Manholes are everywhere – we drive over them on the roads, walk over them on our sidewalks, but most of us rarely notice them until they inconvenience us in some way. However, we should be aware of the estimated 22 MILLION manholes in the United States, because they play a vital part as the lifelines of our very way of life! No, they are not portals to a secret underground society, and despite what the Saturday morning cartoon depicted, four abnormally large, agile and green karate-chopping teenage turtles won’t spring from them and kick some butt if you’re getting mugged in a dark New York City alley.
Then what is the mystery behind these common abysses dotting our sidewalks? Why do they exist? Manholes are home to uber-important underground infrastructures that play integral roles in our day-to-day routines. Such subterranean networks and systems include:
- Communications: Imagine going into your office and having no phone, email or Internet service. Telephone lines, cables, fiber optics, switches and other systems that slink beneath our feet handle financial transactions, emergency and government communications, as well as private communications and entertainment.
- Electricity: More and more urban areas house power generating stations, transmission lines, and other important elements that make up the power distribution grid, in underground vaults and networks.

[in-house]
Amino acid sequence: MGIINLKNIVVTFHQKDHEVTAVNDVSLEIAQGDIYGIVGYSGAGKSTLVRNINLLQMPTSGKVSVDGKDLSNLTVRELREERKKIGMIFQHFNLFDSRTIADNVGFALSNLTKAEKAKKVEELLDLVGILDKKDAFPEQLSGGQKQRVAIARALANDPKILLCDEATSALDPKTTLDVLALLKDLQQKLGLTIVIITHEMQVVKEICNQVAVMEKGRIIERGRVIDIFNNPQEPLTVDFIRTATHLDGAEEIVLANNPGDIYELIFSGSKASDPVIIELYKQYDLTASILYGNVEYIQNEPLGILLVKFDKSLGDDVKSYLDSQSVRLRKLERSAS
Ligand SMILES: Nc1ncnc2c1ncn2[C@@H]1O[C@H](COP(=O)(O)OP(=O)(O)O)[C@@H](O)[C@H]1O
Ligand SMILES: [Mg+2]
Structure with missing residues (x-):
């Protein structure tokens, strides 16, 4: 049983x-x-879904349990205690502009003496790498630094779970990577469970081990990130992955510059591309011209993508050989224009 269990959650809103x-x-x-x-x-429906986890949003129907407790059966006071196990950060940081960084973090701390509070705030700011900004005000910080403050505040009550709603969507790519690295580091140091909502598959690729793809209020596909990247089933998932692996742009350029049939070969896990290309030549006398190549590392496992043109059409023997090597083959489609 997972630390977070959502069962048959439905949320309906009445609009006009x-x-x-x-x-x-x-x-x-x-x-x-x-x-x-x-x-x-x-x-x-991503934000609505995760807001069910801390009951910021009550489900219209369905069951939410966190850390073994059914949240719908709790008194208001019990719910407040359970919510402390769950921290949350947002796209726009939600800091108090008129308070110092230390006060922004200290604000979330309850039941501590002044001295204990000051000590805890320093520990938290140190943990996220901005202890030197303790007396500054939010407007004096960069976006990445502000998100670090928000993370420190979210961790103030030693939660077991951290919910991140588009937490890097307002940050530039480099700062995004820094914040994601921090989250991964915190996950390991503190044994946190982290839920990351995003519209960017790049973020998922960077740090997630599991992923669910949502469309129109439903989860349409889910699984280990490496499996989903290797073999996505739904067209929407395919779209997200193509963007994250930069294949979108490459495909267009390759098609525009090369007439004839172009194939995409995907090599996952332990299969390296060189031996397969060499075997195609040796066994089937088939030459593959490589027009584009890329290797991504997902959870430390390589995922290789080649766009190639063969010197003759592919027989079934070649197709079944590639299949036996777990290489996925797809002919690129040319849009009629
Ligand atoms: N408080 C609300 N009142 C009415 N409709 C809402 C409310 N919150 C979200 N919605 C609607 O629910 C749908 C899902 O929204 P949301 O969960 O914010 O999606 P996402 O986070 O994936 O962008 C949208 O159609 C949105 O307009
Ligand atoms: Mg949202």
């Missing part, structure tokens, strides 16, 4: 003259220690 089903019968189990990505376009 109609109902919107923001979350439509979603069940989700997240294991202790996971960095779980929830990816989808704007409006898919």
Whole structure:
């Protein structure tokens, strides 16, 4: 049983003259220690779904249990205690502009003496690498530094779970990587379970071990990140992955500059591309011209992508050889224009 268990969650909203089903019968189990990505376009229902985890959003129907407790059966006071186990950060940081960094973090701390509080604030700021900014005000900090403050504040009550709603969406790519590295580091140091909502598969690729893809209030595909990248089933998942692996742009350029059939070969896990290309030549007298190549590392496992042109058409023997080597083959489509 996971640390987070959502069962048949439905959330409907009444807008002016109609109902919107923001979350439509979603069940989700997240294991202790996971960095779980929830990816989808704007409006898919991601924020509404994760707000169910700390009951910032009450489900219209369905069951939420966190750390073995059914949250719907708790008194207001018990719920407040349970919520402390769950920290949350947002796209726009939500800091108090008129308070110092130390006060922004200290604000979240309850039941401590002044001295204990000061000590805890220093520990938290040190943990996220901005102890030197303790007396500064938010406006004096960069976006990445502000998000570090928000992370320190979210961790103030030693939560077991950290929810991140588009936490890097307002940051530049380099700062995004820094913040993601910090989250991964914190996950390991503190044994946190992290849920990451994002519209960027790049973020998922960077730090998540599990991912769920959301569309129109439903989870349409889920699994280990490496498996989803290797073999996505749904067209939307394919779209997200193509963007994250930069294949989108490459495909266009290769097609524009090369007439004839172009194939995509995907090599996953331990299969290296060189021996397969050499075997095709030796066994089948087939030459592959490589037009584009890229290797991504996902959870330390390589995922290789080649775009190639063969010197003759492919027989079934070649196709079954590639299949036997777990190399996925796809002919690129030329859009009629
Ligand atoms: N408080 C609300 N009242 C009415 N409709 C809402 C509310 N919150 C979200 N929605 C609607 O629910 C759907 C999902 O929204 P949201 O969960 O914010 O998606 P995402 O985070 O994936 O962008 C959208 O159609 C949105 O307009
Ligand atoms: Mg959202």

- Natural gas and related energy: Subsurface pipelines transfer natural or manufactured gas, as well as gasoline and other petroleum products, through cities as well as many outlying areas.
- Water supply: Most of the country’s water distribution system, water storage and raw water transport lines are below ground. Potable water is essential to the health and well-being of everyone and used in a wide variety of industrial, business and personal applications.
- Wastewater and storm water: Most wastewater and stormwater runoff flows through underground pipe systems. Malfunctioning of these systems can be severe threat to the health of the public.
- Transportation: Underground rail transportation is most common in urban areas, such as New York City or Chicago. In some cities, road traffic is routed substantial distances through subsurface tunnels.
The number of manholes and types of infrastructure accessible in each manhole vary by city and are dependent on a number of factors, such as population density, the age of the city, and mix of public and private ownership of underground utility networks. Manhole ownership varies by location, with most providing access to only one or two utilities. In the nation’s largest cities, the opposite is true, as a huge number of manholes provide access to multiple infrastructures. (Which can be problematic in the aftermath of a large storm like Hurricane Sandy in NYC).
Despite our unfettered dependence on the underground networks, manholes still aren’t getting much love. Maintenance isn’t always a priority with these pits of darkness below the asphalt. In some cities, like New York City, they’re often filled with watery muck washed down from the dirty streets above. Unless the muck is toxic, when it’s time for a technician to visit, they’ll be cleaned by a “flush truck,” which flushes water down into the manhole, then vacuums it out so it’s ready to be serviced (from The Works: Anatomy of a City, by Kate Ascher).
C.I.Agent Solutions decided it was time to give manholes the attention and respect they deserve. Soon we will be announcing some clever products and offerings that will provide manholes and vaults with the T.L.C. they need to keep doing what they’re doing, while remaining the pits of darkness they are. So stay tuned …